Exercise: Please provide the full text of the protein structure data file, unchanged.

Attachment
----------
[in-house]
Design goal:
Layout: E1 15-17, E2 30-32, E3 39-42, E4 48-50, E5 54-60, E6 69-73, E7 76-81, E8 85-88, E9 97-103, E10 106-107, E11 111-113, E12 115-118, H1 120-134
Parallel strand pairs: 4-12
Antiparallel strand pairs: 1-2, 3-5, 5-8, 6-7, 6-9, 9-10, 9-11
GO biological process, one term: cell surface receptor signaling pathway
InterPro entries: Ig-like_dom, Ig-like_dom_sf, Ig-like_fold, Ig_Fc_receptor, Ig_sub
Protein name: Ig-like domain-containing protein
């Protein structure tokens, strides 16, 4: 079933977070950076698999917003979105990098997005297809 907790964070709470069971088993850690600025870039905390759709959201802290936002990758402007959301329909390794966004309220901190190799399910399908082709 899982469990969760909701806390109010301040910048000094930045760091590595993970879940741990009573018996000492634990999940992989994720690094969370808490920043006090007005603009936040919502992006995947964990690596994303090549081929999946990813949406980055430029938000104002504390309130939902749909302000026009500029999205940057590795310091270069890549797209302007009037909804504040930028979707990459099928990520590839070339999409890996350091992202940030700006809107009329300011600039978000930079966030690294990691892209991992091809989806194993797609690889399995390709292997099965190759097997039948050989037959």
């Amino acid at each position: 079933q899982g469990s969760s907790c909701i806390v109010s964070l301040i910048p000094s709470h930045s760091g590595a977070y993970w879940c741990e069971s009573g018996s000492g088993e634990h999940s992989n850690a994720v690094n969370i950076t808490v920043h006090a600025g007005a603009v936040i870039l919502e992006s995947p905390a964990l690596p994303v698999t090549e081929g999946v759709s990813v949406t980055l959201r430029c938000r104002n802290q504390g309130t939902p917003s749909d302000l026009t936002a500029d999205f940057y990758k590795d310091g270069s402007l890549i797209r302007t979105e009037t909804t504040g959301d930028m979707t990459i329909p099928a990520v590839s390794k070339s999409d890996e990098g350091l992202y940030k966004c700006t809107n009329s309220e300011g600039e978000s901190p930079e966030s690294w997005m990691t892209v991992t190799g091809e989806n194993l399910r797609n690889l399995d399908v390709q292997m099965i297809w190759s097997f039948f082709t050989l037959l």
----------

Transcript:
[in-house]
Design goal:
Layout: E1 15-17, E2 30-32, E3 39-42, E4 48-50, E5 54-60, E6 69-73, E7 76-81, E8 85-88, E9 97-103, E10 106-107, E11 111-113, E12 115-118, H1 120-134
Parallel strand pairs: 4-12
Antiparallel strand pairs: 1-2, 3-5, 5-8, 6-7, 6-9, 9-10, 9-11
GO biological process, one term: cell surface receptor signaling pathway
InterPro entries: Ig-like_dom, Ig-like_dom_sf, Ig-like_fold, Ig_Fc_receptor, Ig_sub
Protein name: Ig-like domain-containing protein
């Protein structure tokens, strides 16, 4: 079933977070950076698999917003979105990098997005297809 907790964070709470069971088993850690600025870039905390759709959201802290936002990758402007959301329909390794966004309220901190190799399910399908082709 899982469990969760909701806390109010301040910048000094930045760091590595993970879940741990009573018996000492634990999940992989994720690094969370808490920043006090007005603009936040919502992006995947964990690596994303090549081929999946990813949406980055430029938000104002504390309130939902749909302000026009500029999205940057590795310091270069890549797209302007009037909804504040930028979707990459099928990520590839070339999409890996350091992202940030700006809107009329300011600039978000930079966030690294990691892209991992091809989806194993797609690889399995390709292997099965190759097997039948050989037959």
């Amino acid at each position: 079933q899982g469990s969760s907790c909701i806390v109010s964070l301040i910048p000094s709470h930045s760091g590595a977070y993970w879940c741990e069971s009573g018996s000492g088993e634990h999940s992989n850690a994720v690094n969370i950076t808490v920043h006090a600025g007005a603009v936040i870039l919502e992006s995947p905390a964990l690596p994303v698999t090549e081929g999946v759709s990813v949406t980055l959201r430029c938000r104002n802290q504390g309130t939902p917003s749909d302000l026009t936002a500029d999205f940057y990758k590795d310091g270069s402007l890549i797209r302007t979105e009037t909804t504040g959301d930028m979707t990459i329909p099928a990520v590839s390794k070339s999409d890996e990098g350091l992202y940030k966004c700006t809107n009329s309220e300011g600039e978000s901190p930079e966030s690294w997005m990691t892209v991992t190799g091809e989806n194993l399910r797609n690889l399995d399908v390709q292997m099965i297809w190759s097997f039948f082709t050989l037959l």